Editor’s note: Howard Lindzon is co-founder and CEO of StockTwits, a social network for traders and investors to share real-time ideas and information. You can read his full bio here and find him on Twitter @howardlindzon.
If we had the answer to this question, life would be grand. Grander if we knew the reaction to the answer beforehand.
The moves in different directions for Amazon and Apple have been about expectations and guidance. Wall Street has higher expectations for Apple and ‘different’ expectations for Amazon. Wall Street wants Apple’s ‘gross margins’ to grow. They don’t expect Amazon’s ‘profits’ to grow. It sounds silly, but if Apple has reported lower profits and a huge gross margin increase the stock might have shot up. If Amazon had reported record profits today on decreasing margins, Wall Street might have panicked.
Learning the language of the market is not easy. Wall Street loves it that way. If Spanish or Chinese were easy to learn, every American would speak it. The stock market is all about supply/demand, earnings, expectations and mood. The financial media is about headlines. I have spent over 25 years investing and trading and the dirty secret is that survival is about risk management. The best of the best are wrong 50 percent of the time.
Apple and Amazon have been fantastic investments if you have owned them for the last 10 years. Recently Apple has been the ugly duckling of Wall Street. The mood has soured on Apple. It is in uncharted territory as the largest and most profitable company in the world. There is no possible way that Wall Street can predict the earnings, margins, or growth of Apple, let alone the mood of the market one year forward. But… they will try. They have expectations and they get set to spreadsheets.
Those that own Apple (I do) point to the cash balance and earnings and declare the market is rigged or broken (I don’t). Wall Street has stopped caring about Apple’s profits today. They were displeased with forward guidance. Growth rates have slowed measurably at Apple which is understandable for a company of its’ size. Wall Street is worried that growth is slowing and competition from Google and Samsung are taking a toll. Apple has given Wall Street so many wonderful surprises so magic has become the norm. Now that Apple is boring, they have run for the hills.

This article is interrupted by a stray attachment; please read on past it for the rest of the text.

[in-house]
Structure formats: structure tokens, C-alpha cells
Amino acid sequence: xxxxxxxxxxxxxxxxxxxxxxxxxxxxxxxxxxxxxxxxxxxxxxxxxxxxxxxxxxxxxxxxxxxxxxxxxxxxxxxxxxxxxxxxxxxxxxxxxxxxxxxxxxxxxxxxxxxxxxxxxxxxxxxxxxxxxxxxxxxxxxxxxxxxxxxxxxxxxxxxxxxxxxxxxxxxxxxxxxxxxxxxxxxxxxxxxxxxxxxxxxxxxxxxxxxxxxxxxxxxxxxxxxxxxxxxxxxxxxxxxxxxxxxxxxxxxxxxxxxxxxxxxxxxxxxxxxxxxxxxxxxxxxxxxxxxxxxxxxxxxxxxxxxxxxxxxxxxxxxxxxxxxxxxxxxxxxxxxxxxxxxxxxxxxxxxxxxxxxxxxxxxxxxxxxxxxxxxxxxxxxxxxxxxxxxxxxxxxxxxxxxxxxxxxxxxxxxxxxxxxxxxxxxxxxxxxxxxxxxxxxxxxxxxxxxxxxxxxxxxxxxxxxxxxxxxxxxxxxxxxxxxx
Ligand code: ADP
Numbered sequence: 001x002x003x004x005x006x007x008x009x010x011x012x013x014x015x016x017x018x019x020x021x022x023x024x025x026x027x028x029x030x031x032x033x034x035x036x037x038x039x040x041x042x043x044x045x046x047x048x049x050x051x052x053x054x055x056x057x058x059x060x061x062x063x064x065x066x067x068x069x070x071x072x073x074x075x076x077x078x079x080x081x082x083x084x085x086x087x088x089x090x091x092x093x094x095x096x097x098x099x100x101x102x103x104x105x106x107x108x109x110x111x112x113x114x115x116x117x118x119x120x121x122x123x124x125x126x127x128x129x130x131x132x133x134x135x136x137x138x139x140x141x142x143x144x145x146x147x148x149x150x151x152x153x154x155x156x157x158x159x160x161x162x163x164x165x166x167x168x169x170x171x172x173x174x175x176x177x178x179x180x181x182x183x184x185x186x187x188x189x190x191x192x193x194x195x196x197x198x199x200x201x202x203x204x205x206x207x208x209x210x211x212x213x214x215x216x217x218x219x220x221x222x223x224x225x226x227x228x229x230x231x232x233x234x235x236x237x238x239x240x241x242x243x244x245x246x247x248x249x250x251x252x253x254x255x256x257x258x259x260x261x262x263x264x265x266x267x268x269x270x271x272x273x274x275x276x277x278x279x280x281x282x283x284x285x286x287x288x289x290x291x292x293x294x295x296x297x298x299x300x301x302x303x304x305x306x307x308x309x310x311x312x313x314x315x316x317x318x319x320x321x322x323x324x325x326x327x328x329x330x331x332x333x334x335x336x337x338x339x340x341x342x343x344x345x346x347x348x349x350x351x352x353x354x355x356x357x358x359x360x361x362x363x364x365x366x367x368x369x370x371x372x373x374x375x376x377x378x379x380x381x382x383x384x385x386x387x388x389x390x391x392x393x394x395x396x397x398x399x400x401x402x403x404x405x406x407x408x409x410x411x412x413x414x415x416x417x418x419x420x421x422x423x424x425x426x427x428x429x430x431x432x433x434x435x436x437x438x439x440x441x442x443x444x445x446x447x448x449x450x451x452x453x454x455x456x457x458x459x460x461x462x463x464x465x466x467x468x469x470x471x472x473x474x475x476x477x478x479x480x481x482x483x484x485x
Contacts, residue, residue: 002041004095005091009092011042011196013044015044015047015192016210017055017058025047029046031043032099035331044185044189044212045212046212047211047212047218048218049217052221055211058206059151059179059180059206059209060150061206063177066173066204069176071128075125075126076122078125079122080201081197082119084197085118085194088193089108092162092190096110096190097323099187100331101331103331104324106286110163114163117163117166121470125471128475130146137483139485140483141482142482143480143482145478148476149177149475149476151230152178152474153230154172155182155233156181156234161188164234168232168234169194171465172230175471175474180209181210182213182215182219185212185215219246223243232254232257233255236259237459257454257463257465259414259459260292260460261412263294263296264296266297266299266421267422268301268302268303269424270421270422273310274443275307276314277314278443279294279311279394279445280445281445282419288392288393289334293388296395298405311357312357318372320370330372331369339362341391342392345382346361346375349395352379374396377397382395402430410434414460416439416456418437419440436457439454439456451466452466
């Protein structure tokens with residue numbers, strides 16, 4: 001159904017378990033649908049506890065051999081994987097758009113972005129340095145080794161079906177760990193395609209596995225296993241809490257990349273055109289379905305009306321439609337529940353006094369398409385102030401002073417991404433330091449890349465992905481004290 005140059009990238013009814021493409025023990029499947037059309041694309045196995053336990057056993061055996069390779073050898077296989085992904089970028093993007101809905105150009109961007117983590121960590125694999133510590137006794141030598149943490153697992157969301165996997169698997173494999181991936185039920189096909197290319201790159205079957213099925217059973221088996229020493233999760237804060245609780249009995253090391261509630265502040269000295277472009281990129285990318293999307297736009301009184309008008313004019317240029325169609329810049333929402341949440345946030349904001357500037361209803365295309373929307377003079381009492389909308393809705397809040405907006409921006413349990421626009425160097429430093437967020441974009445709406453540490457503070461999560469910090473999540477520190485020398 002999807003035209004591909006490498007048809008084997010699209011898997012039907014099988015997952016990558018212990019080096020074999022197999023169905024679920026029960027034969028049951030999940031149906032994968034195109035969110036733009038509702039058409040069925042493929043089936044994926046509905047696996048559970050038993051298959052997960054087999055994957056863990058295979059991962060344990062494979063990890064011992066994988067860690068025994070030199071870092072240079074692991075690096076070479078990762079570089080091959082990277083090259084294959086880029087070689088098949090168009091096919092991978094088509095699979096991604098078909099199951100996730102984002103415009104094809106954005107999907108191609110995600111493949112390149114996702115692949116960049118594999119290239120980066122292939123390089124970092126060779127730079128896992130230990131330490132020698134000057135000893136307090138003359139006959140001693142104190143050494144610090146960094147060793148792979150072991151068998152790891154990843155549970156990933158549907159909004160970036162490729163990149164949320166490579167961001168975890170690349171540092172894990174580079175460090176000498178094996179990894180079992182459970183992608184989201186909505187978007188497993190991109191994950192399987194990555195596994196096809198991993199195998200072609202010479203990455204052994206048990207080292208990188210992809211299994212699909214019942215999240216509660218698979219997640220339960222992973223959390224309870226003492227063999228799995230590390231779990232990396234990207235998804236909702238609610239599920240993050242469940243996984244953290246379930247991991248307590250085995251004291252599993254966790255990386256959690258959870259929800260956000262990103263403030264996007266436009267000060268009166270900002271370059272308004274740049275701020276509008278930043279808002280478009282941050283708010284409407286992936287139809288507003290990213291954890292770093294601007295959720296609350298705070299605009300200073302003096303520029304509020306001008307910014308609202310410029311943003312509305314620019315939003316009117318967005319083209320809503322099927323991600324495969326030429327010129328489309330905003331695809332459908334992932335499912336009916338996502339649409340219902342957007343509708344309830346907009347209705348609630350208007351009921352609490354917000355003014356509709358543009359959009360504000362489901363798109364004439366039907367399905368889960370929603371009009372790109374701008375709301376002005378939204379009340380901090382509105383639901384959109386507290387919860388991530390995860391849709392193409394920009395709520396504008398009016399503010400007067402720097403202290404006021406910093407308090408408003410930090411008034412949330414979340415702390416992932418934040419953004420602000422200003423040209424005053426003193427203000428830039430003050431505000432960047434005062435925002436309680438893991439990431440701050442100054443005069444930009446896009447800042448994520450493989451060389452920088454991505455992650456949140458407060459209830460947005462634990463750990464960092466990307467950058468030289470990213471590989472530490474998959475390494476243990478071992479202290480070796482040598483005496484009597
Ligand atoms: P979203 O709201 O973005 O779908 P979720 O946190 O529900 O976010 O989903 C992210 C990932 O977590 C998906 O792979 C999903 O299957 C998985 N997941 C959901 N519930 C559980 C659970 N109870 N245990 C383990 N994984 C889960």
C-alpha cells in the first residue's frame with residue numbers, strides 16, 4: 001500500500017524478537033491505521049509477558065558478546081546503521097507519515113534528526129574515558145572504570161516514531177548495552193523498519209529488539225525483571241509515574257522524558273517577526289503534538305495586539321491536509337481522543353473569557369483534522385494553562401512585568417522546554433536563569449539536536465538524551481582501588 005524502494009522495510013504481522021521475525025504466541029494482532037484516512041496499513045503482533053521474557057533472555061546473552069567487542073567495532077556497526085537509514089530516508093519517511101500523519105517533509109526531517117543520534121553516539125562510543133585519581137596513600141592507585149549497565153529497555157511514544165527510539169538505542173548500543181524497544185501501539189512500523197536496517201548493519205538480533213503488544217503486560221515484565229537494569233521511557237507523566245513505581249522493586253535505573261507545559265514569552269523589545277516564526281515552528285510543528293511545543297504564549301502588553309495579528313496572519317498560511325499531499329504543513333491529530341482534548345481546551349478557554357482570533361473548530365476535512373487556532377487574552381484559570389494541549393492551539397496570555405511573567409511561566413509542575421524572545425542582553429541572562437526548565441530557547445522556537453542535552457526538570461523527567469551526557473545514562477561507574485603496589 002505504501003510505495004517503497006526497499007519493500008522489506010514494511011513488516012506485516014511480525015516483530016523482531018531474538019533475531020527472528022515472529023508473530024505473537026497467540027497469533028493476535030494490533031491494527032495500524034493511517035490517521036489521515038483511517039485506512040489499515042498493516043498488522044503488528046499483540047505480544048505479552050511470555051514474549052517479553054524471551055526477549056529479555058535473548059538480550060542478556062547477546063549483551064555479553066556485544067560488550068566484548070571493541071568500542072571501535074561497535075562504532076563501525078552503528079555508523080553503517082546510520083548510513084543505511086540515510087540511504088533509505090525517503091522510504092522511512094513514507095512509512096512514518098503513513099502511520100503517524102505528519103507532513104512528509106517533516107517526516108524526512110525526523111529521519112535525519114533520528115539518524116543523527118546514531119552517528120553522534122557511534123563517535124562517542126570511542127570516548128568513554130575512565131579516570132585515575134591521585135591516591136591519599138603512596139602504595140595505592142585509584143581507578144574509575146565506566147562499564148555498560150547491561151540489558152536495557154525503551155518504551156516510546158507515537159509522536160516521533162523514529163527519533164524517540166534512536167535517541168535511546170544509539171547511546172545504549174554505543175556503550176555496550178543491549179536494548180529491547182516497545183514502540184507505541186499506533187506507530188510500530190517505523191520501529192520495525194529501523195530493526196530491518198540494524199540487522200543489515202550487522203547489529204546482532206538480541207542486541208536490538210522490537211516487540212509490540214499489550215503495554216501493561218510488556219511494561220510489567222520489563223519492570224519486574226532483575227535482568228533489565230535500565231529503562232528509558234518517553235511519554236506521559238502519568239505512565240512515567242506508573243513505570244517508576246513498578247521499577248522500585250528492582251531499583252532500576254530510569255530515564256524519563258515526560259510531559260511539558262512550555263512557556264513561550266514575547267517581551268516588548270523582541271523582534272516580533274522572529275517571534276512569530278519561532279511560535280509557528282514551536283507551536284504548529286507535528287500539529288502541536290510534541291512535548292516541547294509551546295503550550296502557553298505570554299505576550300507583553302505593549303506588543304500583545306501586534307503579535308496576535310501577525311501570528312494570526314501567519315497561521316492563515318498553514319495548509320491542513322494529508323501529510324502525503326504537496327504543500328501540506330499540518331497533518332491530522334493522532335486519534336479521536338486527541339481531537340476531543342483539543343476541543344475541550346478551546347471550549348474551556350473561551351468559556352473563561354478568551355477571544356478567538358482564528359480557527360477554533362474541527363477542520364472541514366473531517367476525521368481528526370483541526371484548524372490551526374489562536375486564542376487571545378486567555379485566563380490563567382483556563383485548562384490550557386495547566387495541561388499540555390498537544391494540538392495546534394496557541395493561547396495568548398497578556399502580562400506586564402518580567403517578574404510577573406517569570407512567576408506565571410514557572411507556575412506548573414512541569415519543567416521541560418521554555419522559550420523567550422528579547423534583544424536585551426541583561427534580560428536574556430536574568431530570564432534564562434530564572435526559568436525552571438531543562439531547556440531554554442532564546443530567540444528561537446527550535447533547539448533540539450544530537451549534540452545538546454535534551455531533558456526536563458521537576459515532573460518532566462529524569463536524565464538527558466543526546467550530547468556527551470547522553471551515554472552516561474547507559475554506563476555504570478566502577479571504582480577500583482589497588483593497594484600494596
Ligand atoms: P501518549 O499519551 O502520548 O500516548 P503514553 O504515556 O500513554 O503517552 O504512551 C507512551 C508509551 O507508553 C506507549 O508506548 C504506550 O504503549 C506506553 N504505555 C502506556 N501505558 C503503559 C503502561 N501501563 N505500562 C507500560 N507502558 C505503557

Meanwhile, Amazon has been able to avoid the ‘profit’ seeking eye of Wall Street analysts. Jeff Bezos has done a miraculous job keeping Wall Street focused on sales growth, market share, the cloud, and now with today’s announcement… margins. Amazon reported margins of 24.1 percent and that was the number that made Wall Street happy.
Next quarter things could change. But I would keep an eye on the gross margin direction of Apple and Amazon until profits come back in vogue. Got it?
Amazon.com, Inc. (AMZN), is a leading global Internet company and one of the most trafficked Internet retail destinations worldwide. Amazon is one of the first companies to sell products deep into the long tail by housing them in numerous warehouses and distributing products from many partner companies. Amazon directly sells or acts as a platform for the sale of a broad range of products. These include books, music, videos, consumer electronics, clothing and household products. The majority of Amazon’s...
Howard Lindzon is co-founder and CEO of StockTwits™ — a social network for traders and investors to share real-time ideas and information. StockTwits was recently named “one of the top 10 most innovative companies in web” by FastCompany and one of the “50 best websites” by Time magazine. Mr. Lindzon has more than twenty years experience in the financial community acting in both an entrepreneurial and investing capacity. With a unique vision for starting and successfully managing innovative companies, he...